It is likely, especially if you were not on any pills or you were not on any suppression of hormones, it is quite likely it is back now.
To be honest with you, it is a benign disease. When we have endometriosis, and we have endometriomas, we have cases that have to go from benign to malignant. When the endometrioma is growing quite fast or when f.e. special blood test like CA125 are going high, those are the things that sometimes can give us a suspicion of checking a bit more. It is not the case though, that if you have endometriosis, you will have cancer. Even people that had endometriosis just once, it happened that they got cancer. This is very uncommon, it’s very rare, and it’s not the case.
When we see something like an ovarian cyst or endometrioma is getting bigger, then we need to investigate further.
Yes, apart from ultrasound if it shows that you have a cyst-like endometrioma, it will give you a clear suspicion of endometriosis, it’s a clinical picture. We don’t suspect endometriosis if we don’t have any symptoms at all, and the symptoms are like menstruation pain, or during sexual intercourse. If there is a high suspicion of endometriosis, then the golden standard of diagnosis is laparoscopy. We put the camera inside and that way we can identify if there is endometriosis or not. This is the only test that gives 100% confirmation. If it is really needed or not, it depends on how high is the suspicion and what has happened before, if you had failed implantations etc. because if there are no symptoms, you don’t really need a laparoscopy before the egg donation treatment.
No, endometriosis is not usually related to fibroids. Endometriosis can sometimes be related to adenomyosis which is a fibroid-like disease in the womb. Patients who have endometriosis have a higher degree of adenomyosis. Adenomyosis is suspected in an ultrasound, but it’s clinical actually, we cannot remove adenomyosis like a fibroid in a surgery.
No, I wouldn’t say that. But as I’ve said before patients that have endometriosis, they have a higher degree of other immunological issues as well or increased natural killer cells, but women with increased natural killer cells it does not mean that 100% it would be related with endometriosis. So it may be associated because we have found out that there is a correlation, but there is not 100% that endometriosis has caused that.
It depends on where it goes, so f.e. if it is in the lungs, then we have Hemoptysis, which means that when we cough, we may have blood. If it is in the bladder we may have increased urine frequency, there might be blood in the urine, on very rare occasions if it is in the heart, we may have some arrhythmia, it depends on where exactly it is, but it is very rare.
There is no perfect protocol for everyone, there might be a perfect protocol for each case. There are many different factors we need to consider before choosing the best protocol. It depends on age, it depends on factors like PCOS or not. As a general rule though, the endometriosis is associated with poor ovarian reserve, and we prefer in our clinic, not to suppress a lot the ovaries before we stimulate them, and we always prefer to freeze, especially in high degree endometriosis and do a frozen embryo transfer. The protocol depends on many factors, AMH, age and so on, so it is not possible to answer this question.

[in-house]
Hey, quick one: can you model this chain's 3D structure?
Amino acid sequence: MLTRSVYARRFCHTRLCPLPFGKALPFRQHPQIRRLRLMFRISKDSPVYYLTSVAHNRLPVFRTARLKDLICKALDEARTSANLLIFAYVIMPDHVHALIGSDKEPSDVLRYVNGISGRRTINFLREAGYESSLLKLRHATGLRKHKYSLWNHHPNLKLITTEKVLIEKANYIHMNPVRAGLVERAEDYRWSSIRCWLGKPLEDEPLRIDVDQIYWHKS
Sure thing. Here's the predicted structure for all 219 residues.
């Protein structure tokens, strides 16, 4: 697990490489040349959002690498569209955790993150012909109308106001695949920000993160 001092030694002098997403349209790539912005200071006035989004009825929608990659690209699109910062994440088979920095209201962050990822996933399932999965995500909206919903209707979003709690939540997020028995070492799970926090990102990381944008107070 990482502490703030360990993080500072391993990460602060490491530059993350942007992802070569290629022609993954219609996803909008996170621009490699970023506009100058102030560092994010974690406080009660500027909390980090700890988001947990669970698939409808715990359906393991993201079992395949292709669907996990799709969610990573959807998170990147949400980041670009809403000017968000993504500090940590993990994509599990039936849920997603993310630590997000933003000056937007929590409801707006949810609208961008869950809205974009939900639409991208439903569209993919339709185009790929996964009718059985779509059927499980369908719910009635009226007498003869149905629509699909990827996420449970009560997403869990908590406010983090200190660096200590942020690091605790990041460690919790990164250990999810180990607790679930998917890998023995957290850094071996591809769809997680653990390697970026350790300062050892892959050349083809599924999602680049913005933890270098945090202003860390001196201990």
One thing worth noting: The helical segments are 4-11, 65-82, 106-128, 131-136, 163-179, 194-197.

I usually do that. I prefer to give this medication before the frozen embryo transfer then before we do the embryo transfer, especially if we have a big size womb of more than 8 cm f.e., I do prefer to give about 2 to 3 months of Decapeptyl, which suppresses a bit the adenomyosis. Visannette is an option as well, but in our clinic, we don’t use it that much in that case.
It is one of the theories behind the endometriosis that there is some genetic background. We don’t know exactly what way, it is not confirmed 100% that there is a hereditary background. It is not the only theory behind the endometriosis though. It doesn’t mean that if your relatives or your mother doesn’t have it, you will not get it.
We don’t usually prefer to do that. If we aspirate the endometrioma will definitely come back. When we aspirate endometrioma, it may cause bleeding. It’s not a preferred way of doing that, even at the time of egg collection. If we do see endometrioma, we try to avoid it to aspirate the follicles first as if we do it the other way around it may affect the amount and the quality of the eggs.
It does happen sometimes because it is very difficult to get all the follicles without passing through endometrioma. The right technique is to change the needles, get a new one and carry on with the egg collection and at the end of egg collection, to make sure that there is no bleeding or anything else.
Definitely, you are eligible, you did get pregnant, so this is a good thing, you need to investigate all the possibilities reasons why you had that miscarriage, sometimes it can be just bad luck, sometimes the endometriosis may play a role but, it can also be related to other things so I would suggest f.e. hysteroscopy to make sure there is nothing in the womb that can affect that. I don’t know if after the embryo transfer you got steroids or intralipids for immunological reasons. Or if you had thrombophilia checked, or a DNA fragmentation for your husband has been checked as well because the sperm, of course, does play a role in all this. If you ruled out all the other factors, you are 47, so I would not quit.